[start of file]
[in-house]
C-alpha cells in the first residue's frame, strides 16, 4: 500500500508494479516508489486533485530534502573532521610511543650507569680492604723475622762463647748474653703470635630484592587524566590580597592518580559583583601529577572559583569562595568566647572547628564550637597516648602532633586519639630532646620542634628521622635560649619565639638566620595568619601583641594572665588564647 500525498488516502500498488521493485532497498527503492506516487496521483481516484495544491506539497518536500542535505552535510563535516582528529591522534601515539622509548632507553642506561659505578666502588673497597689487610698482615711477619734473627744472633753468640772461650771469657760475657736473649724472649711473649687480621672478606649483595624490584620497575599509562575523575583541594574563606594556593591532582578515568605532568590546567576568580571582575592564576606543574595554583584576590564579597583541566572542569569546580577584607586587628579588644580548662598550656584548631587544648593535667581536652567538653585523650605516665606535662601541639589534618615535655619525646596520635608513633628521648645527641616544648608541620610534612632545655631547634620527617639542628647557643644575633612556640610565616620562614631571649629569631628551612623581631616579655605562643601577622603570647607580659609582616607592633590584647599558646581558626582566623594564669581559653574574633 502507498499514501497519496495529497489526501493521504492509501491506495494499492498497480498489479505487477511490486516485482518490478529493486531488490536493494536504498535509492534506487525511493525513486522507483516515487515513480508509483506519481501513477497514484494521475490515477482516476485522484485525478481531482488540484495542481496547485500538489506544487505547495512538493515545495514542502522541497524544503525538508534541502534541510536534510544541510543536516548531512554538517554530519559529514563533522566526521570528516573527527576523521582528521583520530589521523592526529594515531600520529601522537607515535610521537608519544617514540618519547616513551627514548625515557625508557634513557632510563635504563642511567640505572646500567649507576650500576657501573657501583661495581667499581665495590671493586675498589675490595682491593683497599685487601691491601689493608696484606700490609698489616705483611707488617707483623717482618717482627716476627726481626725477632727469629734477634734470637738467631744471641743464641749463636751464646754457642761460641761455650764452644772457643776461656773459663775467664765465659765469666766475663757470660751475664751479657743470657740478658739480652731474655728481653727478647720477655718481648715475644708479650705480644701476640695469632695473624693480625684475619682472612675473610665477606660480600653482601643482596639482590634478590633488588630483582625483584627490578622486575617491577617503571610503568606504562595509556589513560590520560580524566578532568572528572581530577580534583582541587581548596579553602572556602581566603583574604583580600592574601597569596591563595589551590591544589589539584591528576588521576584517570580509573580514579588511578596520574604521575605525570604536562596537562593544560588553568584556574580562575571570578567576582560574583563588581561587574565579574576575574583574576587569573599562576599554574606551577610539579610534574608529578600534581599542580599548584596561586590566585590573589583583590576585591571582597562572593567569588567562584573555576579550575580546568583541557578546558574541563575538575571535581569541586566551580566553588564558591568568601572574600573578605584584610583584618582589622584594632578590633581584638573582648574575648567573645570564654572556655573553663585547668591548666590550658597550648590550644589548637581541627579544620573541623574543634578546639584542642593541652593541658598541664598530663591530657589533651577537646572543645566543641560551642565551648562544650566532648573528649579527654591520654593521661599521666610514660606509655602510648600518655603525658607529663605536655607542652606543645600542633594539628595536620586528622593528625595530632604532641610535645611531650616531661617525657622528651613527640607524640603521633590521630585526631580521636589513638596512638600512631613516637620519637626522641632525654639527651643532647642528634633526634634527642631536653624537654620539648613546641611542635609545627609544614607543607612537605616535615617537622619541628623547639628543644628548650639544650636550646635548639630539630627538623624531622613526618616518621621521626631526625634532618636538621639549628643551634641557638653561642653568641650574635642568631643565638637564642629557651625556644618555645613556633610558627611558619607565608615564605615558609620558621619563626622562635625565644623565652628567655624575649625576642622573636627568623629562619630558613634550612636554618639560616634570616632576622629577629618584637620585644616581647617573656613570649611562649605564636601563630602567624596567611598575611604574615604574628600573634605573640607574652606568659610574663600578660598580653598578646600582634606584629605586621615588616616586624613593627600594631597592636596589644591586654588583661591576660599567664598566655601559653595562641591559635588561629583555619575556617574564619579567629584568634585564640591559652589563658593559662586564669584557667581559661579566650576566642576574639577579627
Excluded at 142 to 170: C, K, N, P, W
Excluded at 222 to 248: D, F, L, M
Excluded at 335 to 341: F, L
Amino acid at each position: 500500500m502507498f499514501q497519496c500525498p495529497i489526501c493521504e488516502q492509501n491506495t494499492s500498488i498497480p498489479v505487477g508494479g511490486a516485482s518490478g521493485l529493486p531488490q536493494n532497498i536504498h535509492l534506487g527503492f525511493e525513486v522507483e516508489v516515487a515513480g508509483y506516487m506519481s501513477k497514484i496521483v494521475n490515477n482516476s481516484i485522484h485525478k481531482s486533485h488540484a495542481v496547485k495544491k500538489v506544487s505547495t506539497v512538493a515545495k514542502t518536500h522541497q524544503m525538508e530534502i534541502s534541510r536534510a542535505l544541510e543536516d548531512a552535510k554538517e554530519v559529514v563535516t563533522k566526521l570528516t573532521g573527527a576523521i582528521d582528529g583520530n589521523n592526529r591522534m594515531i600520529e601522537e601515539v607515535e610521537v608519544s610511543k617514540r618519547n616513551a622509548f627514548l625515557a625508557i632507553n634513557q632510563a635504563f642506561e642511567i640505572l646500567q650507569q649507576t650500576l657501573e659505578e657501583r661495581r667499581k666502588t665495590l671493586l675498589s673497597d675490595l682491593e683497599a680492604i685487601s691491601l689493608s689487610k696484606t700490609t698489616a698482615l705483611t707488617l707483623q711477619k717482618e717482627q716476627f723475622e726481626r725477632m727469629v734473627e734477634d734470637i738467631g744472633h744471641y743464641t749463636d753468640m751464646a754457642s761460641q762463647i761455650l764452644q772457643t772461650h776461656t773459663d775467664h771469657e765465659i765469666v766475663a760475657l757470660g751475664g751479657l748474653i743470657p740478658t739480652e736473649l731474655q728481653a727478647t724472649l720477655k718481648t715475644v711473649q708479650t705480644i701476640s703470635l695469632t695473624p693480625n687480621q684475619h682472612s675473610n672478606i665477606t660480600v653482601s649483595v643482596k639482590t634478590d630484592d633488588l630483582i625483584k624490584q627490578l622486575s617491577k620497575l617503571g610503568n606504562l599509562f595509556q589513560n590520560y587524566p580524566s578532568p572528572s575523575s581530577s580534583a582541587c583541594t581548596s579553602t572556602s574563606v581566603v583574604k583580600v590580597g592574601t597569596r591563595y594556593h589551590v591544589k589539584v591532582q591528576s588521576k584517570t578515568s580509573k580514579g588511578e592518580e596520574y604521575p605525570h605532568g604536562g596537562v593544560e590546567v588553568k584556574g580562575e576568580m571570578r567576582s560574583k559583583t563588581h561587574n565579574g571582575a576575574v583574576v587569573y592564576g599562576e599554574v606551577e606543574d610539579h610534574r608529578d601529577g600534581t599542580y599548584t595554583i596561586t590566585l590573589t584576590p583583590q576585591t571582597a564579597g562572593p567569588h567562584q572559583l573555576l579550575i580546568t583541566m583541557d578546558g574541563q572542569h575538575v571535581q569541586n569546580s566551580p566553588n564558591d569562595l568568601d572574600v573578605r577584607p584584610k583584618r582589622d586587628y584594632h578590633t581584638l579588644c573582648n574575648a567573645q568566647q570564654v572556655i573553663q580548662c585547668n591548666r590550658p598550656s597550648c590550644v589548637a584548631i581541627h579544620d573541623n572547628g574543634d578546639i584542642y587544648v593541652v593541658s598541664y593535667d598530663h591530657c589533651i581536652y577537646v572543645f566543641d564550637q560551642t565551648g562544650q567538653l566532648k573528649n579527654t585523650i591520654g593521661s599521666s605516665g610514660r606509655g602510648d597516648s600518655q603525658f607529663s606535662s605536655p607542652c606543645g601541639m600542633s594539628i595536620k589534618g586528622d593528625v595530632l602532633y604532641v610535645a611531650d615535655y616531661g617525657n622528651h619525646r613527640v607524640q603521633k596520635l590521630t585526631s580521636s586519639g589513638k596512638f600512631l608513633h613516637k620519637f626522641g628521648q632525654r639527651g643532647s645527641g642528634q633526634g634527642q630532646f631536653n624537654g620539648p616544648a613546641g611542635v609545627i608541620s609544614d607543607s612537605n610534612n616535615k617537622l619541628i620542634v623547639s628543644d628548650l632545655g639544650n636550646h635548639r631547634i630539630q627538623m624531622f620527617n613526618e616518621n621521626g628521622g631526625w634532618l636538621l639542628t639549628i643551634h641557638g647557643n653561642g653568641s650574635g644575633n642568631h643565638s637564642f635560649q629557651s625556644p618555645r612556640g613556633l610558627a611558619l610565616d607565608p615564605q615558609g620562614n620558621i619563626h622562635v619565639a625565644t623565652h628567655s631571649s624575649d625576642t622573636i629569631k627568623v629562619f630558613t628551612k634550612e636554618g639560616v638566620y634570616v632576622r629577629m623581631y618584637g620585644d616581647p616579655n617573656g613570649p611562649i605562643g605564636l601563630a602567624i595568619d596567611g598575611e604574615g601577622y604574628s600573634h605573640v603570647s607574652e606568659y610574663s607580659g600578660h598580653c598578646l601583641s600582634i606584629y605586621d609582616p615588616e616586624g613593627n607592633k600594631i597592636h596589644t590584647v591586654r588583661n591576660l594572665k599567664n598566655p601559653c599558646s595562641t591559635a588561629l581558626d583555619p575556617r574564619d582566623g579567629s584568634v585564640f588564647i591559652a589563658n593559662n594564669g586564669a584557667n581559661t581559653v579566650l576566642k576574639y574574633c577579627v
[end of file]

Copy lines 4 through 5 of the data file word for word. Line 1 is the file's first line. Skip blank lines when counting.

Excluded at 222 to 248: D, F, L, M
Excluded at 335 to 341: F, L